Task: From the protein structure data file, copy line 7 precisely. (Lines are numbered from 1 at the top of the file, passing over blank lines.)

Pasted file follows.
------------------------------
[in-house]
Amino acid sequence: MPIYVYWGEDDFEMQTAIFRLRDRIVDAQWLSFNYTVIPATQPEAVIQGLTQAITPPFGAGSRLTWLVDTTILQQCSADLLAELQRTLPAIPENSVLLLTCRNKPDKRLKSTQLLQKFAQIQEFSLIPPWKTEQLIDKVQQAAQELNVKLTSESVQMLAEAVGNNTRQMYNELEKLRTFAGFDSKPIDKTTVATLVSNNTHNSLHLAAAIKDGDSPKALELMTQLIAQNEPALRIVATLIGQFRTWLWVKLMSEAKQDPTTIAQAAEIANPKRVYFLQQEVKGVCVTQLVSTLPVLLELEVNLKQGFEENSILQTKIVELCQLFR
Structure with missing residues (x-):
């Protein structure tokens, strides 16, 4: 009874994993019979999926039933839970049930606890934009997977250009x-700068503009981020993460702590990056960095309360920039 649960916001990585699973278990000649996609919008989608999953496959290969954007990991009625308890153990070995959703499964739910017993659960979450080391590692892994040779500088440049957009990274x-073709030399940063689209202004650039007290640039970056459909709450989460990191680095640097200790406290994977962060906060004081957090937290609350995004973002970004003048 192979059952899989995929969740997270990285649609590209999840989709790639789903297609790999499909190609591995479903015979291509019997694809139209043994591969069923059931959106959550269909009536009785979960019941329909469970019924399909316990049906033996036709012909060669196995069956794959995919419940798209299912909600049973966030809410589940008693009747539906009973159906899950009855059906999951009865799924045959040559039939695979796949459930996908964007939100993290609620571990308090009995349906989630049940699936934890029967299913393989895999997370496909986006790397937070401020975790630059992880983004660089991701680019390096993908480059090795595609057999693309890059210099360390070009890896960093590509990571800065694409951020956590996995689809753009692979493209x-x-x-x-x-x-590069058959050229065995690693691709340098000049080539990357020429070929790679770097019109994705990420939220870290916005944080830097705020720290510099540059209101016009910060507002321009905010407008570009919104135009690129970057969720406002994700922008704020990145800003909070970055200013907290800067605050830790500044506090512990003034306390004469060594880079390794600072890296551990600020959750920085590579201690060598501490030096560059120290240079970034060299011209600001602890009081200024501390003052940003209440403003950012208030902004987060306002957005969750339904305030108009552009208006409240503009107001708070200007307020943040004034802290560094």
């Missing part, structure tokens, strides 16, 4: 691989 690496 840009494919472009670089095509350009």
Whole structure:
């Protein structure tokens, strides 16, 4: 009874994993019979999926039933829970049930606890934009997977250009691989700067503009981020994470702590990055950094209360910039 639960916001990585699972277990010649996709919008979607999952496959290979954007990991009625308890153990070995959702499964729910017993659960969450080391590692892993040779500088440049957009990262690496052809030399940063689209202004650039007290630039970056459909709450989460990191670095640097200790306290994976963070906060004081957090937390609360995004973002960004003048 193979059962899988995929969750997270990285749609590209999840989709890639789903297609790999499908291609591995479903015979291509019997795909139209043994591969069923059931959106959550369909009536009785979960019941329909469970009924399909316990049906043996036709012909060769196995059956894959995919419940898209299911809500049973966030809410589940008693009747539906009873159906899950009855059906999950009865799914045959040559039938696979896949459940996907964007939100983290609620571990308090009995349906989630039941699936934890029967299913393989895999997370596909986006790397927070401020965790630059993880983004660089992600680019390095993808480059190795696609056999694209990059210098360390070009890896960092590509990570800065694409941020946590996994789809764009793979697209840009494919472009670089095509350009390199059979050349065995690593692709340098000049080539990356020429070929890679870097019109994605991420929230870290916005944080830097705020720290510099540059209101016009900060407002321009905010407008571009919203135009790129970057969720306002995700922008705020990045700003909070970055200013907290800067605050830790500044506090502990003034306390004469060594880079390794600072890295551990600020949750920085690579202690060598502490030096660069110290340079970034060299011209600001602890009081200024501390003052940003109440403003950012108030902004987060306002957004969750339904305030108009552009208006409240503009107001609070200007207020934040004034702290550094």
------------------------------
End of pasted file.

């Protein structure tokens, strides 16, 4: 009874994993019979999926039933829970049930606890934009997977250009691989700067503009981020994470702590990055950094209360910039 639960916001990585699972277990010649996709919008979607999952496959290979954007990991009625308890153990070995959702499964729910017993659960969450080391590692892993040779500088440049957009990262690496052809030399940063689209202004650039007290630039970056459909709450989460990191670095640097200790306290994976963070906060004081957090937390609360995004973002960004003048 193979059962899988995929969750997270990285749609590209999840989709890639789903297609790999499908291609591995479903015979291509019997795909139209043994591969069923059931959106959550369909009536009785979960019941329909469970009924399909316990049906043996036709012909060769196995059956894959995919419940898209299911809500049973966030809410589940008693009747539906009873159906899950009855059906999950009865799914045959040559039938696979896949459940996907964007939100983290609620571990308090009995349906989630039941699936934890029967299913393989895999997370596909986006790397927070401020965790630059993880983004660089992600680019390095993808480059190795696609056999694209990059210098360390070009890896960092590509990570800065694409941020946590996994789809764009793979697209840009494919472009670089095509350009390199059979050349065995690593692709340098000049080539990356020429070929890679870097019109994605991420929230870290916005944080830097705020720290510099540059209101016009900060407002321009905010407008571009919203135009790129970057969720306002995700922008705020990045700003909070970055200013907290800067605050830790500044506090502990003034306390004469060594880079390794600072890295551990600020949750920085690579202690060598502490030096660069110290340079970034060299011209600001602890009081200024501390003052940003109440403003950012108030902004987060306002957004969750339904305030108009552009208006409240503009107001609070200007207020934040004034702290550094």